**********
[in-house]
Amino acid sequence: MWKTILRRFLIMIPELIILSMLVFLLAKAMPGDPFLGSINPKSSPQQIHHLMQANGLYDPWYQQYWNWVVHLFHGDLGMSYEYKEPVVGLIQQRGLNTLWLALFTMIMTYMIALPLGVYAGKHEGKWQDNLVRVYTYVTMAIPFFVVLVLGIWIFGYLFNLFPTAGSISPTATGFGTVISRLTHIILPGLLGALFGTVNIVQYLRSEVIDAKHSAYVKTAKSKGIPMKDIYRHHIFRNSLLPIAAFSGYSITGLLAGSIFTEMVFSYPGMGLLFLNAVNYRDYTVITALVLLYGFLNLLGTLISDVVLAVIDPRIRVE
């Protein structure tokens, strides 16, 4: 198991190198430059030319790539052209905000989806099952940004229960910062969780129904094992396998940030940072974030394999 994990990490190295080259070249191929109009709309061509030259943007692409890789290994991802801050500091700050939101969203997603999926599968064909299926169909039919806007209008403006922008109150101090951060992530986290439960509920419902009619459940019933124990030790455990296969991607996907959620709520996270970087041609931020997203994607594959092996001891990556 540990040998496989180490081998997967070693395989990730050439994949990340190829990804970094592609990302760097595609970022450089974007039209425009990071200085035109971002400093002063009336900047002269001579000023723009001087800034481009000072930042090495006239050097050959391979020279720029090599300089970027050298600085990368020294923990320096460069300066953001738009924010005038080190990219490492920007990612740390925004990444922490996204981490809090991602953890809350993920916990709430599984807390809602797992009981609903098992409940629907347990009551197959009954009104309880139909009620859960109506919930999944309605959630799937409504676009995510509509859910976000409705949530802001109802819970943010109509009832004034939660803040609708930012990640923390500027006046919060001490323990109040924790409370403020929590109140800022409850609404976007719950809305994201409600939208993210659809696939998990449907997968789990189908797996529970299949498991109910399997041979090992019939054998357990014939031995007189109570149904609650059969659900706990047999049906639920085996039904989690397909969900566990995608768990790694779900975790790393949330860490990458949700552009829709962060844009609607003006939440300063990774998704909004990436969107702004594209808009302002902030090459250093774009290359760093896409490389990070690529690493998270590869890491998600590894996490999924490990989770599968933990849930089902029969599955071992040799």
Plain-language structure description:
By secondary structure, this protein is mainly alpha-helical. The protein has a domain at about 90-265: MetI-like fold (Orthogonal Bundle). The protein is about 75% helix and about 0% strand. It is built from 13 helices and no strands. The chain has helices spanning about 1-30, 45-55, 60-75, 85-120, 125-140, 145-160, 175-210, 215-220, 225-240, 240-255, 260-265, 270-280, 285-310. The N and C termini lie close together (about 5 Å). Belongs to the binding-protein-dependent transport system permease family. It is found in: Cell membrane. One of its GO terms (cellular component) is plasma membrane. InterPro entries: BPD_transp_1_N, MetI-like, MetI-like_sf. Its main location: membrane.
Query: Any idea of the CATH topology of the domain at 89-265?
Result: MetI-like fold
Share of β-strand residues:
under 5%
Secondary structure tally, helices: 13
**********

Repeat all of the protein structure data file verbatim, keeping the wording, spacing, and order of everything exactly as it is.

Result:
[in-house]
Amino acid sequence: MWKTILRRFLIMIPELIILSMLVFLLAKAMPGDPFLGSINPKSSPQQIHHLMQANGLYDPWYQQYWNWVVHLFHGDLGMSYEYKEPVVGLIQQRGLNTLWLALFTMIMTYMIALPLGVYAGKHEGKWQDNLVRVYTYVTMAIPFFVVLVLGIWIFGYLFNLFPTAGSISPTATGFGTVISRLTHIILPGLLGALFGTVNIVQYLRSEVIDAKHSAYVKTAKSKGIPMKDIYRHHIFRNSLLPIAAFSGYSITGLLAGSIFTEMVFSYPGMGLLFLNAVNYRDYTVITALVLLYGFLNLLGTLISDVVLAVIDPRIRVE
């Protein structure tokens, strides 16, 4: 198991190198430059030319790539052209905000989806099952940004229960910062969780129904094992396998940030940072974030394999 994990990490190295080259070249191929109009709309061509030259943007692409890789290994991802801050500091700050939101969203997603999926599968064909299926169909039919806007209008403006922008109150101090951060992530986290439960509920419902009619459940019933124990030790455990296969991607996907959620709520996270970087041609931020997203994607594959092996001891990556 540990040998496989180490081998997967070693395989990730050439994949990340190829990804970094592609990302760097595609970022450089974007039209425009990071200085035109971002400093002063009336900047002269001579000023723009001087800034481009000072930042090495006239050097050959391979020279720029090599300089970027050298600085990368020294923990320096460069300066953001738009924010005038080190990219490492920007990612740390925004990444922490996204981490809090991602953890809350993920916990709430599984807390809602797992009981609903098992409940629907347990009551197959009954009104309880139909009620859960109506919930999944309605959630799937409504676009995510509509859910976000409705949530802001109802819970943010109509009832004034939660803040609708930012990640923390500027006046919060001490323990109040924790409370403020929590109140800022409850609404976007719950809305994201409600939208993210659809696939998990449907997968789990189908797996529970299949498991109910399997041979090992019939054998357990014939031995007189109570149904609650059969659900706990047999049906639920085996039904989690397909969900566990995608768990790694779900975790790393949330860490990458949700552009829709962060844009609607003006939440300063990774998704909004990436969107702004594209808009302002902030090459250093774009290359760093896409490389990070690529690493998270590869890491998600590894996490999924490990989770599968933990849930089902029969599955071992040799």
Plain-language structure description:
By secondary structure, this protein is mainly alpha-helical. The protein has a domain at about 90-265: MetI-like fold (Orthogonal Bundle). The protein is about 75% helix and about 0% strand. It is built from 13 helices and no strands. The chain has helices spanning about 1-30, 45-55, 60-75, 85-120, 125-140, 145-160, 175-210, 215-220, 225-240, 240-255, 260-265, 270-280, 285-310. The N and C termini lie close together (about 5 Å). Belongs to the binding-protein-dependent transport system permease family. It is found in: Cell membrane. One of its GO terms (cellular component) is plasma membrane. InterPro entries: BPD_transp_1_N, MetI-like, MetI-like_sf. Its main location: membrane.
Query: Any idea of the CATH topology of the domain at 89-265?
Result: MetI-like fold
Share of β-strand residues:
under 5%
Secondary structure tally, helices: 13